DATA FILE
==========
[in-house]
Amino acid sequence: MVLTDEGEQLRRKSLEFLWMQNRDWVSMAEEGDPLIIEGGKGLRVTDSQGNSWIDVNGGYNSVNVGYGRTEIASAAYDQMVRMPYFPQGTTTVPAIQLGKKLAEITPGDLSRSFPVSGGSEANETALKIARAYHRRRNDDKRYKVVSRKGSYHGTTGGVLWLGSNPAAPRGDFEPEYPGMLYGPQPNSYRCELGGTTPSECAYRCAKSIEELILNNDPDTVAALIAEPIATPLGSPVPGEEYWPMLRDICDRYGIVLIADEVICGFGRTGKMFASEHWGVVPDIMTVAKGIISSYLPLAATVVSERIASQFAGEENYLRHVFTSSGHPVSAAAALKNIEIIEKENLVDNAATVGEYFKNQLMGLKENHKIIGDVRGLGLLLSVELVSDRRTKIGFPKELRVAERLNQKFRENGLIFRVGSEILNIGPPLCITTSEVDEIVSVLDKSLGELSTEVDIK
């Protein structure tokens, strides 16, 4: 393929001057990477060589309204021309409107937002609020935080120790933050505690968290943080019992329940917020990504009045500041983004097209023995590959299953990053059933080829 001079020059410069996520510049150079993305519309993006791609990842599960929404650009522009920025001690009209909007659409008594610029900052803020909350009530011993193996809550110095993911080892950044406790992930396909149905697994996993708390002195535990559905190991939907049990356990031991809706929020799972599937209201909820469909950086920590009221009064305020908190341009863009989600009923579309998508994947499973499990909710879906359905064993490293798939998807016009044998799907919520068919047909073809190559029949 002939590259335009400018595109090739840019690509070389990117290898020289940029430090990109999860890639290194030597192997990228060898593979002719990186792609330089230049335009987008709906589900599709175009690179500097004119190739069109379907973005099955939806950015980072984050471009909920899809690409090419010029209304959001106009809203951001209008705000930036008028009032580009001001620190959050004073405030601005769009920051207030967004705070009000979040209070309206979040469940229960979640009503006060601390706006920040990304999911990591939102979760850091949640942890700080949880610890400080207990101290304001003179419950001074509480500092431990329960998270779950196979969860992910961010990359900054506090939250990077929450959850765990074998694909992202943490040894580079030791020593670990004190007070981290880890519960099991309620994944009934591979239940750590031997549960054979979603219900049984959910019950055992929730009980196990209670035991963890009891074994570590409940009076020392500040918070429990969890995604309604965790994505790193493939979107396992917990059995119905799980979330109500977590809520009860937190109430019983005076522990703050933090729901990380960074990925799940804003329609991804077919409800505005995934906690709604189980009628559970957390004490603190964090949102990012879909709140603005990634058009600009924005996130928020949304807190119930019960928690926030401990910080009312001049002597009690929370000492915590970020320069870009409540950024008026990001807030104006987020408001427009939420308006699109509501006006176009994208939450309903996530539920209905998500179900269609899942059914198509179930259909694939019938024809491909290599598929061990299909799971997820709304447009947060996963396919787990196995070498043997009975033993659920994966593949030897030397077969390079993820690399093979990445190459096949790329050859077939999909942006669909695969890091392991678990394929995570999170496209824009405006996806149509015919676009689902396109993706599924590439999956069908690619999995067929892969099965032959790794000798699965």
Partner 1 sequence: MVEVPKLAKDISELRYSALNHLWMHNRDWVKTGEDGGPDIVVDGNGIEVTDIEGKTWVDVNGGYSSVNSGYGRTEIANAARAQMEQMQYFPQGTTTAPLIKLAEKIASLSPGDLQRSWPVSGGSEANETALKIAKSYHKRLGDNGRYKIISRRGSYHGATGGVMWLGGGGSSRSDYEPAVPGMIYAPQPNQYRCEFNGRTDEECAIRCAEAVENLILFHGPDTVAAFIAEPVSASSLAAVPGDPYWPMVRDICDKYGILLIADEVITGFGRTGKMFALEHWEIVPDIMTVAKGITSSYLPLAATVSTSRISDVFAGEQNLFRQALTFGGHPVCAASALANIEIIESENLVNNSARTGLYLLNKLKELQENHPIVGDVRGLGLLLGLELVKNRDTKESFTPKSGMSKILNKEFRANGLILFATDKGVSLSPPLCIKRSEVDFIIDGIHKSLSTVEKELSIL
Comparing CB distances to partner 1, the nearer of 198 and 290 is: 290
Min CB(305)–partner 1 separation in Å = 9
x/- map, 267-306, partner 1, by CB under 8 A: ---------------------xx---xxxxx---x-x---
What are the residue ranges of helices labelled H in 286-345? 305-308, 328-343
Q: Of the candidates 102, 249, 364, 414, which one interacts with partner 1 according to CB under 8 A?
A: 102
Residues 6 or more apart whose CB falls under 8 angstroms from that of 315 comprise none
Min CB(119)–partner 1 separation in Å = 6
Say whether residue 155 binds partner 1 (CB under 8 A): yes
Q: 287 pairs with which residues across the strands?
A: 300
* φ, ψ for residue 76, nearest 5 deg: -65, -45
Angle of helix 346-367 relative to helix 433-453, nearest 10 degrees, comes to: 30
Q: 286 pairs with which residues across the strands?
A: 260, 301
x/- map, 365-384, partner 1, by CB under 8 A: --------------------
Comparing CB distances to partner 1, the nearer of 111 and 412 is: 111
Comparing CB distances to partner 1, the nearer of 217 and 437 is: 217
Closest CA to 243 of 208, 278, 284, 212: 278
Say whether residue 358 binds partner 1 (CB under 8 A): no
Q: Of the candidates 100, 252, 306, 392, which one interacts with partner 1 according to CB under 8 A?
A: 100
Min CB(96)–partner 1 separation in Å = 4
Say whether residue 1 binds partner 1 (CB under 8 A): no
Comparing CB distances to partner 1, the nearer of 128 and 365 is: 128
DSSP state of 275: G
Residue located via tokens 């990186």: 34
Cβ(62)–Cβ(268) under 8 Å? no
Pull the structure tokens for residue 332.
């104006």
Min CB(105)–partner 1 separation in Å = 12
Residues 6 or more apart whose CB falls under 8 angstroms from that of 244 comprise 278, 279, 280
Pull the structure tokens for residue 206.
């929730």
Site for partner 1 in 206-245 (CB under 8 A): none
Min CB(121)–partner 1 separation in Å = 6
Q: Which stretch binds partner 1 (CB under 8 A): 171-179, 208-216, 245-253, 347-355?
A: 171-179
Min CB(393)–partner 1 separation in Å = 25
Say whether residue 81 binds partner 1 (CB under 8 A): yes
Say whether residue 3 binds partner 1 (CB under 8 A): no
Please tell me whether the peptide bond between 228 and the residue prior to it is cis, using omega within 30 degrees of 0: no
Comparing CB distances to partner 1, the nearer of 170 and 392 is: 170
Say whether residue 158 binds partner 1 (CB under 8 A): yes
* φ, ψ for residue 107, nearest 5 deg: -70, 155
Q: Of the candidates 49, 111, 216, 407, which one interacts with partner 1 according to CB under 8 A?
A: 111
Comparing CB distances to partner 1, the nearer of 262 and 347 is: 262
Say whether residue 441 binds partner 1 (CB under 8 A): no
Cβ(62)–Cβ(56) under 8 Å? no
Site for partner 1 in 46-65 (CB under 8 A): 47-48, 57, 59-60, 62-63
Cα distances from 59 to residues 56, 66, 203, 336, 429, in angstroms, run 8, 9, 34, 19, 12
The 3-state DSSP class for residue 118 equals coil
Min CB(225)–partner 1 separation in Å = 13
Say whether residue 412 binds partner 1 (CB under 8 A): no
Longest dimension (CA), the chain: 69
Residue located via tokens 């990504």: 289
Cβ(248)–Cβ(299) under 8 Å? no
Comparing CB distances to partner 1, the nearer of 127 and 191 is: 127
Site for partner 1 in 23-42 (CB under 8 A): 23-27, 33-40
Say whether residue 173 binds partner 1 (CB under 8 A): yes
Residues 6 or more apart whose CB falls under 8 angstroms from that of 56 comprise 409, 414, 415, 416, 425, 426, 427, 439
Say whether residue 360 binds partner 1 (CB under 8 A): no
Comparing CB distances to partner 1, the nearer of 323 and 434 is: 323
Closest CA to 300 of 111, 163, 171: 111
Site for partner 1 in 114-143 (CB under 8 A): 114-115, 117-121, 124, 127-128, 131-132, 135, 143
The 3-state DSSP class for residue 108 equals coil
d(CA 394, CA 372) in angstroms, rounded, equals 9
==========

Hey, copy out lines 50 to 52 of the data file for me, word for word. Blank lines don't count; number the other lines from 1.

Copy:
Q: Of the candidates 49, 111, 216, 407, which one interacts with partner 1 according to CB under 8 A?
A: 111
Comparing CB distances to partner 1, the nearer of 262 and 347 is: 262